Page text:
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At news conferences held this week in conjunction with Saskatchewan Legal Aid Week, legal aid workers and supporters stressed the importance of this “unsung” social program to justice in the province.

CUPE, which represents more than 120 legal aid workers in 13 regional offices, also launched a major campaign this week to raise awareness of the program. The $50,000 cost-shared campaign includes billboards, leaflets and newspaper ads.

“Just as people can’t imagine our health care system without medicare, it’s hard to imagine our justice system without legal aid,” says Rod Laporte, a legal aid lawyer in Moose Jaw and CUPE local 1949 president.

Established nearly 30 years ago, Saskatchewan Legal Aid helps people on low-incomes in criminal and family law matters. It is one of the most cost-effective legal aid programs in the country due to its reliance on staff lawyers. On a per capita basis, Saskatchewan spends $11.72, while Ontario and Manitoba, which depend heavily on lawyers in private practice, spend $24.72 and $16.99 respectively.

“We do a tremendous amount of work with families, helping women secure child maintenance payments and deal with many other custody issues,” says Doreen Vancoughnett, a paralegal worker in the northern community of LaRonge. “Legal aid really does provide a vital public service.”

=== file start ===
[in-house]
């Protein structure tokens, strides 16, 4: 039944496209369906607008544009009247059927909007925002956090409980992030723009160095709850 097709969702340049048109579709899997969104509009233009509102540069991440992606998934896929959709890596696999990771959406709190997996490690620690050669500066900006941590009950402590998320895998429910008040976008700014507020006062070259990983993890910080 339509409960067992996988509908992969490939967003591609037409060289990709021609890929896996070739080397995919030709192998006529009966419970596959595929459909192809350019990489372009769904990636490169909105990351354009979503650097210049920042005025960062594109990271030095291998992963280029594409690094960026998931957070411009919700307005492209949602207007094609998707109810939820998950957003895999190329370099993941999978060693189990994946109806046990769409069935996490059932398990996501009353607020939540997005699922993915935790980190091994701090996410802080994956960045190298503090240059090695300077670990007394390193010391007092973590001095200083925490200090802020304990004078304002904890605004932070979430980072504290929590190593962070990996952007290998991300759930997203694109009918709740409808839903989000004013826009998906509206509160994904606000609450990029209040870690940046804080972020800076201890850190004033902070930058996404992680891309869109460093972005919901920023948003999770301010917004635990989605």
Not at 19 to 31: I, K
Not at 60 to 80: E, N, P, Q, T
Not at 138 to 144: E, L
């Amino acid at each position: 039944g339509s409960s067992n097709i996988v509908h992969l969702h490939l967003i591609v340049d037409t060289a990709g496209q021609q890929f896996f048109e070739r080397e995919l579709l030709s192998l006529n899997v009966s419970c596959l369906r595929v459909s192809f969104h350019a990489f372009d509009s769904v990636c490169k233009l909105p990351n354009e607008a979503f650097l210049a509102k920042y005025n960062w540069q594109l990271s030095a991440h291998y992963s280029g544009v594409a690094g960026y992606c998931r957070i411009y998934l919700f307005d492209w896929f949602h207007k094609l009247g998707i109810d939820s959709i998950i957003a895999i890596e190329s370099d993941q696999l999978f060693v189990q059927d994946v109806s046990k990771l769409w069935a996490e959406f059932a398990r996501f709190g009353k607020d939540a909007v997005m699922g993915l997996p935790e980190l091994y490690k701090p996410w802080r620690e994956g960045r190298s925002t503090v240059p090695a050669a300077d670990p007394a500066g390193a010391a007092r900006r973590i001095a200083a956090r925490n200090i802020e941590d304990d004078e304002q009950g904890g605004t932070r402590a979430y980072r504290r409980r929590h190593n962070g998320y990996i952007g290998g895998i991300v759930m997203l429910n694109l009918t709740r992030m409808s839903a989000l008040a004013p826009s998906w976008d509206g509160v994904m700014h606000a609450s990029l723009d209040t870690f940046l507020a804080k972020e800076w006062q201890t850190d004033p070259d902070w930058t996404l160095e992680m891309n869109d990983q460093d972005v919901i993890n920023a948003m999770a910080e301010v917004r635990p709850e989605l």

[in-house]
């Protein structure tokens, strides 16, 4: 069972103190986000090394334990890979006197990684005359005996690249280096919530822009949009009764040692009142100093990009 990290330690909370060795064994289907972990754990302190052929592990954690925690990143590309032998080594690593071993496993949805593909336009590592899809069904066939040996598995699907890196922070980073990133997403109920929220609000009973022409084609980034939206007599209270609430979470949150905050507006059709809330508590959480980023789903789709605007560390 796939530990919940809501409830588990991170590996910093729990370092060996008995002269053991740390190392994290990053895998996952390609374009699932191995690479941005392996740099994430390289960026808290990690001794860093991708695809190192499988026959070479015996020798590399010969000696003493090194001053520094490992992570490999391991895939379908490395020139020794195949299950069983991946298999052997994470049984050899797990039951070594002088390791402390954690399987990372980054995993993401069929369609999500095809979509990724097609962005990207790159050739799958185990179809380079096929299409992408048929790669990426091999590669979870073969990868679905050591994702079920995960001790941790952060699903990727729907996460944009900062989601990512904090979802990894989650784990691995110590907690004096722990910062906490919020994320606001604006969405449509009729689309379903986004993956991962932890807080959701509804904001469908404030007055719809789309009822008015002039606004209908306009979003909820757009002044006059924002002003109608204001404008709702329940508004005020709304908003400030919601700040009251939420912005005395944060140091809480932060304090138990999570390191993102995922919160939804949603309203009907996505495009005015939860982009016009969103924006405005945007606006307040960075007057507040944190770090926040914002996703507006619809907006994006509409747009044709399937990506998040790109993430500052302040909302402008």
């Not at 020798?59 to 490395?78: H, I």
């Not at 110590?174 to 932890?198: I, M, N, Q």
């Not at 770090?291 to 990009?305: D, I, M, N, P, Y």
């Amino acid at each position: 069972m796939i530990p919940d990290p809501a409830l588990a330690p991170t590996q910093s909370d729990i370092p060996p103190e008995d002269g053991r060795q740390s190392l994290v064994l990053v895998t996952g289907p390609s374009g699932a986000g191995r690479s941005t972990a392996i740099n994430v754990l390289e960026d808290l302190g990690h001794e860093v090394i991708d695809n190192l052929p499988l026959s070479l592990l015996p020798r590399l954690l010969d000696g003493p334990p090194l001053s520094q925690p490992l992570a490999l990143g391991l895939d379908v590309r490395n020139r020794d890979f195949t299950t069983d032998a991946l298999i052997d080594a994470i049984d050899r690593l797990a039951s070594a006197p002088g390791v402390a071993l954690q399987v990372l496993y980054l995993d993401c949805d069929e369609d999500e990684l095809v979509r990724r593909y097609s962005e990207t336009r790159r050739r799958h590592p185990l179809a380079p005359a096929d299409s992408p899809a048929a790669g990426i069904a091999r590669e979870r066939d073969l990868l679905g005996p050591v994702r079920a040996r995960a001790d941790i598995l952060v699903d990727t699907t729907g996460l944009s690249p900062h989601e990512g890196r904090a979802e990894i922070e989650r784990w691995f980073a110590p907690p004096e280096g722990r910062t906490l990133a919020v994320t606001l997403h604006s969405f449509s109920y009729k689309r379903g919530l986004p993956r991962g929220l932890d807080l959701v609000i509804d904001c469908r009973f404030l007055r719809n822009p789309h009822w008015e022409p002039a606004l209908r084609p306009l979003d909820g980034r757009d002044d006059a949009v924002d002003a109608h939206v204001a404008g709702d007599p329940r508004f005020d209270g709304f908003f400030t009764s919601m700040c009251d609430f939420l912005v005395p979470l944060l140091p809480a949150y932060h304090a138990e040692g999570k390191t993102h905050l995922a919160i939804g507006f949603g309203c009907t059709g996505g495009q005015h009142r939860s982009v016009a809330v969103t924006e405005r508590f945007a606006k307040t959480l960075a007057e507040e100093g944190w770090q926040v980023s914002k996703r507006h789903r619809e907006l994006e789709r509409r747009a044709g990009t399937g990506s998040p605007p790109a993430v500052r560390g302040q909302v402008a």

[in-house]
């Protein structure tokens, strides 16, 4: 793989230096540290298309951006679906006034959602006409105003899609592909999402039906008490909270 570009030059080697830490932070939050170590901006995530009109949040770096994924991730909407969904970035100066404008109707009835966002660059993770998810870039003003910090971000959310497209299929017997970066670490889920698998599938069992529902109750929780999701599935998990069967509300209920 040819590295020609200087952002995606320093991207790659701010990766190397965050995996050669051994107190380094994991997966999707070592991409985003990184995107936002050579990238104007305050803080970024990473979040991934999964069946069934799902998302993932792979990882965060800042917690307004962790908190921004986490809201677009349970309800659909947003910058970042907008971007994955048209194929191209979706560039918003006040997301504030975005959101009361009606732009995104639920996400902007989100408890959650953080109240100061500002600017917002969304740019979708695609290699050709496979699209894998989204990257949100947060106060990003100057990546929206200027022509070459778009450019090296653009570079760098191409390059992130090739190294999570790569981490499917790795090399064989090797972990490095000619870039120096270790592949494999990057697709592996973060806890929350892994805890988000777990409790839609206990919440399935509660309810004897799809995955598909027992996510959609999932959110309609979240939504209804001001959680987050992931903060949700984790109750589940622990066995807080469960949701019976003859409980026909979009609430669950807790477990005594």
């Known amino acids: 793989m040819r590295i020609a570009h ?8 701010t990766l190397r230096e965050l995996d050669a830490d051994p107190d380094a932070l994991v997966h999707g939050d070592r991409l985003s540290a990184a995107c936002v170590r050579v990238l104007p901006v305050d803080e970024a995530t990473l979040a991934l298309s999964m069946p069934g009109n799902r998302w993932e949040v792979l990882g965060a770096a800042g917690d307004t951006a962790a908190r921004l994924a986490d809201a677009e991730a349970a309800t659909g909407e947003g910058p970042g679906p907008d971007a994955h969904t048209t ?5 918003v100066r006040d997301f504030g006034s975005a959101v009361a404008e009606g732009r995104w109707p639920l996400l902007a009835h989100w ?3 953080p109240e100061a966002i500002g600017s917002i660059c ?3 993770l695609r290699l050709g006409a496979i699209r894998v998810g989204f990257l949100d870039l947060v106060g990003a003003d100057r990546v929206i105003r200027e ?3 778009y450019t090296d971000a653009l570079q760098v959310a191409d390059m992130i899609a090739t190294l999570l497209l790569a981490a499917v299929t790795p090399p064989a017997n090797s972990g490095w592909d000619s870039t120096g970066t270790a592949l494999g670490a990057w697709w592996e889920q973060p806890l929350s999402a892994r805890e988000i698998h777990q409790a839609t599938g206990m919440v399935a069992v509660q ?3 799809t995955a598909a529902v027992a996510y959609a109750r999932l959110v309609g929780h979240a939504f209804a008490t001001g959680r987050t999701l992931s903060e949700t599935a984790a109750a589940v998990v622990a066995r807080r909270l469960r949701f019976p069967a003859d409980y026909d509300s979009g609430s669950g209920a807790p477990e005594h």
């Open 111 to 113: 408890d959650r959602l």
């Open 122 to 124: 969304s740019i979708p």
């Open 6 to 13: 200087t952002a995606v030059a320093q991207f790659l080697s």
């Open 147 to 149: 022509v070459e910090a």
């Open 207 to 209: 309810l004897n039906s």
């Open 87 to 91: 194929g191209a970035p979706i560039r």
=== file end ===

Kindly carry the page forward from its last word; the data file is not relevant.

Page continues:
The program handled more than 5,000 family law cases in Saskatchewan last year. It also dealt with more than 80% of the criminal law cases in the province.

Deb Hopkins, a Saskatoon legal aid lawyer, says most of the people who depend on legal aid live in poverty and have to cope with tremendous difficulties in their daily lives. “Our job is to try to help them overcome some of these problems and find the support they need in the community.”

Hopkins says legal aid workers would like to get more involved in “the big picture” problems of their clients – a change that would require more community input at the board level.

CUPE members also would like to see the program expanded to cover more people and services. “Right now, only the poorest of the poor qualify for legal aid and the services are restricted to criminal and family law matters,” Hopkins states.

Although Saskatchewan Legal Aid has not received the attention it deserves, Laporte hopes the union’s public awareness campaign begins to change that situation.